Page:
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Refractometers are Fantastic: Why and How you use a Refractometer

Written by Janice M on . Posted in Hygiene & Quality Control, Technical Tips

What does a Refractometer / Brix Meter do?

A refractometer is an instrument that measures the amount of light refracted in a gas, liquid or substance. The refractive index is a measure of how much the speed of light is reduced. For example in a sugar solution, the light bends and we can look through a magnifying eyepiece and see how much it bends! The refractive index becomes higher in matter that has a higher concentration. This is best explained by means of a diagram.

A refractometer is also known as a “brix meter” or “density meter”.

Who invented the Refractometer?

Professor Adolf Brix, a German Chemist, invented the Brix Refractometer in 1854. Winemakers could not predict which grape juice would make the best wine and he invented a machine that measured the density of plant juices. He was honoured by having the measuring process named after him.

This was followed by the invention of the Laboratory Refractometer by Ernest Abbe in the late 1800s.


Ernest Abbe developed this more precise refractometer whilst working for Carl Zeiss and it looks similar to a microscope – modern Abbe laboratory refractometers are very similar in appearance!

Digital refractometers were developed in late 1970, these removed the potential error with the human eye. Further advancements included the ability to measure multiple wavelengths, use of the Peltier effect for heating and cooling and software for recording results.

Pictured: Abbe refractometer with temperature-controlled prisms
Credit: Harvey W. Wiley (editor) Page 131 of Bulletin” by the U.S. Bureau of Chemistry

What is Brix?

Brix is most frequently used measurement scale for refractometers.

The brix is the number of grams of cane sugar dissolved in a cane sugar solution. When measuring a different dissolved substance, a conversion chart is used.

When measuring solutions that have more than one ingredient, the Brix will equal the total concentration % of all dissolved substances, eg sugar and mineral ions.

Why Measure Brix?

With many products, it is useful to know the density of a substance, such as in irrigation water, plant sap, milk and blood.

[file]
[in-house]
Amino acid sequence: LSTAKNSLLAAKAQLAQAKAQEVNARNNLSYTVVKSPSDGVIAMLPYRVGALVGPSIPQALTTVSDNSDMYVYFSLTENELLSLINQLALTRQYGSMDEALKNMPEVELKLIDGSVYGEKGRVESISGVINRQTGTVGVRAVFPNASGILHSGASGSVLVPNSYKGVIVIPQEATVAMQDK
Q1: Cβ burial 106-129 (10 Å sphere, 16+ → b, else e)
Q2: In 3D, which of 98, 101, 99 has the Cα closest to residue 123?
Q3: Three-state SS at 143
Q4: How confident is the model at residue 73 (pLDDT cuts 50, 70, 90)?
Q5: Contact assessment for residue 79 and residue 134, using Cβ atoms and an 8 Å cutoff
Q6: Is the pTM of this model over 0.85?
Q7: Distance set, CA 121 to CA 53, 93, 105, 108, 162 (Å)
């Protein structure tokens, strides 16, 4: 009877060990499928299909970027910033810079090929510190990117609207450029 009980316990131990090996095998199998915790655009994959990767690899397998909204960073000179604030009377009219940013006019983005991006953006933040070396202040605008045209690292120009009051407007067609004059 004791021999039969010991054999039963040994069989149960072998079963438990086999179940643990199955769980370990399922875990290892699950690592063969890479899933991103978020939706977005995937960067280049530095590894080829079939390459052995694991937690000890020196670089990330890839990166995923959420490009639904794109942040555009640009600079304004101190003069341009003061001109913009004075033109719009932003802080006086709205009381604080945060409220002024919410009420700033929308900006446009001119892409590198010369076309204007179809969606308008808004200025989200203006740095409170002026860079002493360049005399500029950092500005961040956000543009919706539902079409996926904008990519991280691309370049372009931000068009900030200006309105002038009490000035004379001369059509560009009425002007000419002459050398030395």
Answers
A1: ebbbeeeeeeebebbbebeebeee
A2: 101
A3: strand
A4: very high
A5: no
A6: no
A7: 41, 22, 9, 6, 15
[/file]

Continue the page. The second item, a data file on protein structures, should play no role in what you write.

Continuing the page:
Plant sap contains energy-rich carbohydrates (sugars). Having a high level of plant sugars in a plant will mean that it has great flavour and goodness. The brix level is one of the most important tools that will tell us that the plant (fruit / vegetable) is of high quality. A high brix level also indicates a high mineral and nutrient level.

For example, a grape with a brix of 8 or less will be poor and sour tasting. A full flavoured, highly nutritious grape may have a brix of 24.

Brix Chart

Dr Carey Reams, an agricultural engineer, developed the Brix Chart for fruit and vegetables.

He owned a large laboratory in Orlando, Florida, and advised farmers on higher quality food production. Farmers who followed his advice produced higher quality crops. He advised adding extra minerals to the soil, such as “soft” rock phosphate, poultry litter and high calcium lime. His lab experiments proved that plant quality correlated directly with the richness of the juice.

View Brix Chart

How to use an Atago analogue refractometer:


How to use an Atago digital refractometer:

5 Tips for Best Results:

  1. Follow the manufacturer’s instructions for calibrating the meter. This is important for an accurate reading.
  2. High viscosity samples will need a larger sample amount. When the sample spreads out completely between the daylight plate and the prism, this is the ideal amount.
  3. When measuring hot and cold samples , wait 20 – 60 seconds before pressing the START / OFF switch so that the temperature of the sample and the prism can approximate to each other.
  4. To clean, use a lint-free tissue to wipe the sample off the surface. If the sample contains oil, use isopropyl alcohol and water to clean the surface.
  5. Avoid storing the meter in direct sunlight or in a moist environment.

Types of Refractometers:

  • Analogue / Optical refractometers – simple handheld device that uses the human eye to view the % brix
  • Digital refractometers – handheld, easier to use with a digital display
  • Special scales – most samples contain substances other than sugar and the brix % equals to the total concentration of all dissolved substances in the sample. Refractometers with special scales can measure parameters other than sugar,eg PAL-ACID1 measures citric acid and PAL-WHISKEYmeasures ethyl alcohol. Here you need to have a pure solution as any other substance dissolved in the sample will affect the readings.
  • Abbe laboratory refractometers – larger with higher accuracy, frequently used for precise lab work and solids
  • Inline refractometers – used in factories, a sensor is placed inside a pipe or tank and this records the brix of the solution


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